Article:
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Minneapolis by Ed Huyck

Ordinary Nation, Cabaret and The Ballad of Josef K

Also see Elizabeth's review of French Twist

Chanhassen Dinner Theatres Married Alive

Married Alive
Robb McKindles, Nicole Fenstad, Tod Petersen, Seri Johnson
The set for Married Alive in the Fireside Theatre of Chanhassen Dinner Theatres features a giant wedding cake, while signs of the various signposts of matrimony, from bills to children to in-laws, are hung.

Great - another show that does little more than scratch the easy surface of relationship jokes.

Yet the opening scene cheered me, as a young couple traded self-written vows so preposterous ("our love is like the dolphins") that they could have only been crafted by the lost or insane; and it's followed up by "Stupid in Love," when an older couple explains what horrors the couple really is going to face.

Finally - a show honest enough dig deep.

Yet this doesn't last. A few minutes later, they're talking about debt, and soon after that - how men and women can't communicate. That's how Married Alive goes: flashes of real insight surrounded by jokes that would have been rejected from 'Til Death or King of Queens or any number of a million marriage-related sit-coms.

Against all of this, a talented quartet - made up of Tod Petersen and Seri Johnson (also featured in the last show at the Fireside, the epically awful Respect) as the older-if-not-wiser couple and Nicole Fenstad and Robb McKindles as the younger pair - and production team do their best to make an entertaining evening. Though the sketch format doesn't help them at all, each actor is able to carve out his or her own place in the show.

Those characters may not be necessary for a bit about having a baby (the quite funny "Oh, Knocked Up!") or the trials of teenagers (the not-nearly-as-good "That's Right, Sucka!"), but they help the show in its quiet moments - from the long-distance love of "Fly to Me" or the loss of communication in "It Isn't Important" or an older couple looking back at their lives in "We Haven't Come So Far." They do such a good job that I wanted to watch that show instead of another one with Viagra jokes.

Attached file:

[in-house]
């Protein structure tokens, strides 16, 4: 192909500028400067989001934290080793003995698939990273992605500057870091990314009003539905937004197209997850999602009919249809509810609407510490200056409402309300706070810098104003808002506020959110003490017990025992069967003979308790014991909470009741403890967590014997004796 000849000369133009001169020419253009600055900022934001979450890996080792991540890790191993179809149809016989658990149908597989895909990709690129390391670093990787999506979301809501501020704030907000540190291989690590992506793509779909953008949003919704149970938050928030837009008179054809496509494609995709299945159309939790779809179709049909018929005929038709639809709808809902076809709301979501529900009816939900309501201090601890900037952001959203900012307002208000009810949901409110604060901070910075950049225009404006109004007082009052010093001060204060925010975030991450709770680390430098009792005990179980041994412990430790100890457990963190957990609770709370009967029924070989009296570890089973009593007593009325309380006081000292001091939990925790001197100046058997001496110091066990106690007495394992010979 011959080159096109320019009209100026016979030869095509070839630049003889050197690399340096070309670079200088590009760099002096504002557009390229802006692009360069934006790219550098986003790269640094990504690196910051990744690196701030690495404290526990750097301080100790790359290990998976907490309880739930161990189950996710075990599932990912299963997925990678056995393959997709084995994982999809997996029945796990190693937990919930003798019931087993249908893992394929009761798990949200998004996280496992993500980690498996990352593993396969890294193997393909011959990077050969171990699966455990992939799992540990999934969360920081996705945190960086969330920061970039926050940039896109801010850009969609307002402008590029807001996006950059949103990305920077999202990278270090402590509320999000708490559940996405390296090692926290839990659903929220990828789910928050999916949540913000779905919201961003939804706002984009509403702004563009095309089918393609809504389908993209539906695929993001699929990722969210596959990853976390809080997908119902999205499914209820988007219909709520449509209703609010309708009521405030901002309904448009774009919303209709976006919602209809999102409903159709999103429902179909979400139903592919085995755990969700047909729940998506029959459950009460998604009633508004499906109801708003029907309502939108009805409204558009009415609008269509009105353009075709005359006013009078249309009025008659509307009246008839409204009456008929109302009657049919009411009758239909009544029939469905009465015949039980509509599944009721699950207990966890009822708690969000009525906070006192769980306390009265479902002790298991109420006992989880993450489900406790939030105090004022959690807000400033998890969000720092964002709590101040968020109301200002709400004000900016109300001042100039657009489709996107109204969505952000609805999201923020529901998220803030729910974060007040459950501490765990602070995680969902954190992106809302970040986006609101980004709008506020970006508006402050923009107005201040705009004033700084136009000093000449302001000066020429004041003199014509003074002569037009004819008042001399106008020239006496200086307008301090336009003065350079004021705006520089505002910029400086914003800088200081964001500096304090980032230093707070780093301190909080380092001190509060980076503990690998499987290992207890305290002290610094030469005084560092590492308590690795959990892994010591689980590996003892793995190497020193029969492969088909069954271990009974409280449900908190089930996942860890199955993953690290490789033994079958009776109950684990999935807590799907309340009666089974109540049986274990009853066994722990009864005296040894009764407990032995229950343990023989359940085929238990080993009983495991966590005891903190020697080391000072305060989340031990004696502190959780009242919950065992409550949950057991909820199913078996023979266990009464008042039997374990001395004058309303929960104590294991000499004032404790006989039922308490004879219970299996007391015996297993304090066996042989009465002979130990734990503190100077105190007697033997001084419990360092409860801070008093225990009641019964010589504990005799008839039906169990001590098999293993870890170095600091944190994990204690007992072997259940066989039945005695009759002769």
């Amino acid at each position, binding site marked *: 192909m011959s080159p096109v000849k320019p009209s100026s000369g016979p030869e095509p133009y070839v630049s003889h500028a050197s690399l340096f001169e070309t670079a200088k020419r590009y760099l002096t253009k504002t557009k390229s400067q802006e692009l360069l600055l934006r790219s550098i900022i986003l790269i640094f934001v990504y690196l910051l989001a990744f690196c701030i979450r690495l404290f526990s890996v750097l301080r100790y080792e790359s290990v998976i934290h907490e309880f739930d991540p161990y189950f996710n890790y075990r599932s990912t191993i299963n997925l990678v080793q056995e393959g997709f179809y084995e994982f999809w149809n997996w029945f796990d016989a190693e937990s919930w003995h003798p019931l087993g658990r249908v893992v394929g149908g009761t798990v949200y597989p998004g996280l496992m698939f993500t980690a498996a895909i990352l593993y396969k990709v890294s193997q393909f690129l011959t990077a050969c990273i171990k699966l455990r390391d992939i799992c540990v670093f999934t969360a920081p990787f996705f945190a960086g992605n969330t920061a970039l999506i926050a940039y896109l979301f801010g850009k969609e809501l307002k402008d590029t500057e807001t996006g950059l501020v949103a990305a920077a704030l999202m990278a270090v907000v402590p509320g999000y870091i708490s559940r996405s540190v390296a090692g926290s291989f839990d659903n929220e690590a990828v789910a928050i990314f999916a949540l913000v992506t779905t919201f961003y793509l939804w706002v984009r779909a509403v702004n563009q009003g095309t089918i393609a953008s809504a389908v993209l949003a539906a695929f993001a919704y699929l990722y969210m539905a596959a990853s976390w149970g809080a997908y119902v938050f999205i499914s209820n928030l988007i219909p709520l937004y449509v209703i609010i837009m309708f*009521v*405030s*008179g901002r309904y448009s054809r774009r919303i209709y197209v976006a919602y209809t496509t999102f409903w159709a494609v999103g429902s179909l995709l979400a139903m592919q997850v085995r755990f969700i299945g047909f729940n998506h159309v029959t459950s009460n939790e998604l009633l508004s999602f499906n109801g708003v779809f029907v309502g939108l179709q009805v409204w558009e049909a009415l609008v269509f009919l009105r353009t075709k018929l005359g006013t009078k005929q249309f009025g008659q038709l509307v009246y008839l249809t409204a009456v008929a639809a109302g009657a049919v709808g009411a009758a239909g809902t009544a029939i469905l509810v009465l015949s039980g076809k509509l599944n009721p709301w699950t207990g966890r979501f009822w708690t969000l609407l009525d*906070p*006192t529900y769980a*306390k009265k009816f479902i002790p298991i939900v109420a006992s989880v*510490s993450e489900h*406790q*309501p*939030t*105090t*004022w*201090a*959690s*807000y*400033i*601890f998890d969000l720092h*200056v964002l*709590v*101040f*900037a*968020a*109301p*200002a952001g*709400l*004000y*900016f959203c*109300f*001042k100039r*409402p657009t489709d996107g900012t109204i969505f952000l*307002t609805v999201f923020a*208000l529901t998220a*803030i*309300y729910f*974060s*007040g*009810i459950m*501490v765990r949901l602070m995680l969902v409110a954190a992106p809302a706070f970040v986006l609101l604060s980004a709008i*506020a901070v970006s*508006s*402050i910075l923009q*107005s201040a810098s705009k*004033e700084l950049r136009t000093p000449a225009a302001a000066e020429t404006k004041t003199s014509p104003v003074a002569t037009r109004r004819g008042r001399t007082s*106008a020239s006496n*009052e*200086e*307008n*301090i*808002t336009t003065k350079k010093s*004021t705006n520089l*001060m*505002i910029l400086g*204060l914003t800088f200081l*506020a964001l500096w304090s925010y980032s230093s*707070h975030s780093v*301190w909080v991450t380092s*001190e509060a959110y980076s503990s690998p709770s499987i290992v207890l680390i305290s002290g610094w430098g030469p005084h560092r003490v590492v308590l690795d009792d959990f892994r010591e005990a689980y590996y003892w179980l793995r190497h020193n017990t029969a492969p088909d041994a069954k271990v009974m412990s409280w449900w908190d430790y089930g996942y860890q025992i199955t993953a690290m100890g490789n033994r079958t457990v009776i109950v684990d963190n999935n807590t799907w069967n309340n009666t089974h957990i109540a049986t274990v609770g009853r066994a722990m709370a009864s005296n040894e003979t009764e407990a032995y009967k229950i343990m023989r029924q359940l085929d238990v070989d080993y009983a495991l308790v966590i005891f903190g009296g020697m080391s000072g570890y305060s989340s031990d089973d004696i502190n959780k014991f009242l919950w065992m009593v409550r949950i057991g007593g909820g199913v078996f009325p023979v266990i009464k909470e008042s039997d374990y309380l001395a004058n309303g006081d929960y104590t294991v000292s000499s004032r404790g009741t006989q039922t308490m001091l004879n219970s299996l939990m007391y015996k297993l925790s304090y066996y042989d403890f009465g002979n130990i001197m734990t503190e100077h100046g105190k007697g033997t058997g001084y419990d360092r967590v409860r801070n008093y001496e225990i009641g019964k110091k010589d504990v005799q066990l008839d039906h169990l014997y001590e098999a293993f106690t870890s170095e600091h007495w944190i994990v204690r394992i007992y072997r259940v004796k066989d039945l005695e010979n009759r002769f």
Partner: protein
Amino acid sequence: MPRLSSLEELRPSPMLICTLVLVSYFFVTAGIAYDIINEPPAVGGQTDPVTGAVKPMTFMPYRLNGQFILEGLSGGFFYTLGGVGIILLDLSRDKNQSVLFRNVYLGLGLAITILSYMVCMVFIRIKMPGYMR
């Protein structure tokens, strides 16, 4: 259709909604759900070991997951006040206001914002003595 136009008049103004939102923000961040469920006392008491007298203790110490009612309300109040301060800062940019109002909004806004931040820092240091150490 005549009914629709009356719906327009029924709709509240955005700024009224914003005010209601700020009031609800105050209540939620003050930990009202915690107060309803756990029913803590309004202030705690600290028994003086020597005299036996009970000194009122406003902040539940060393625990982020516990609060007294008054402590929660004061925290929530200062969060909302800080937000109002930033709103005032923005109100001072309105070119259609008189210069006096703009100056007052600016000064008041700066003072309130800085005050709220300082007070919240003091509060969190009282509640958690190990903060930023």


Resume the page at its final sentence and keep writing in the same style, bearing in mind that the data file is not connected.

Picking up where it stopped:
Director Michael Brindisi does solid work, even when the book and lyrics by Sean Grennan or music by Leah Okimoto let him down. Still, there is little that could be done to save the toxic in-laws/holidays sketch that acts as concrete shoes for the entire second act. Married Alive offers some pleasures and insights; you just wish the creators had dug as deep for their humor as they did for their insight.

Married Alive runs through Sept. 6 at Chanhassen Dinner Theatres. Tickets (with dinner) are $50 and $60 and reservations are recommended. Show is intended for adult theatergoers. For information, call 952-934-1525 or visit www.chanhassendt.com

Photo: Act One, Too LTD © 2007


Ordway Center for the Arts Cabaret

This latest version of Kander and Ebb's famed musical about love and loss in pre-Hitler Germany goes back to glitzier basics. In place of the topless heroin-chic Kit Kat Klub dancers are more traditional, Fosse-like creations. Whatever the costumes of the cast, the story remains intact, as do all of the glorious songs that the duo wrote for the show. Tari Kelly is Minnelli-like, but still OK as Sally Bowles, and Louis Hobson is rather bland as American Cliff Bradshaw, but the real star here is Nick Garrison as the Emcee, who keeps the action alive during the slow moments and helps to fuel the show's set pieces. Cabaret runs through May 18 at the Ordway Center for the Performing Arts, St. Paul. Call 651-224-4222 or visit www.ordway.org.


Milwaukee Mask & Puppet Theatre The Ballad of Josef K

How do Kafka and puppets mix? Very well, as it turns out in the Milwaukee Mask & Puppet Theatre adaptation of The Trial. As a musical - at least, this musical - it doesn't work nearly as well. Kafka's tale of ultimate alienation - where a young man is persecuted by a mysterious, nameless court - takes form under the careful guide of director Rob Goodman and a top team of puppeteers, who bring the myriad of bizarre characters to life. The music was written and performed by Twin Cities group Thunder in the Valley. The music is fine and sometimes engaging, but doesn't match the growing madness of the action. I wanted music as mad as the surrounding story, not pleasing tunes drawn from American folk and blues. The Ballad of Josef K runs through May 18 at the Illusion Theater, Minneapolis. For tickets, 612-339-4944 or visit www.illusiontheater.org.


- Ed Huyck



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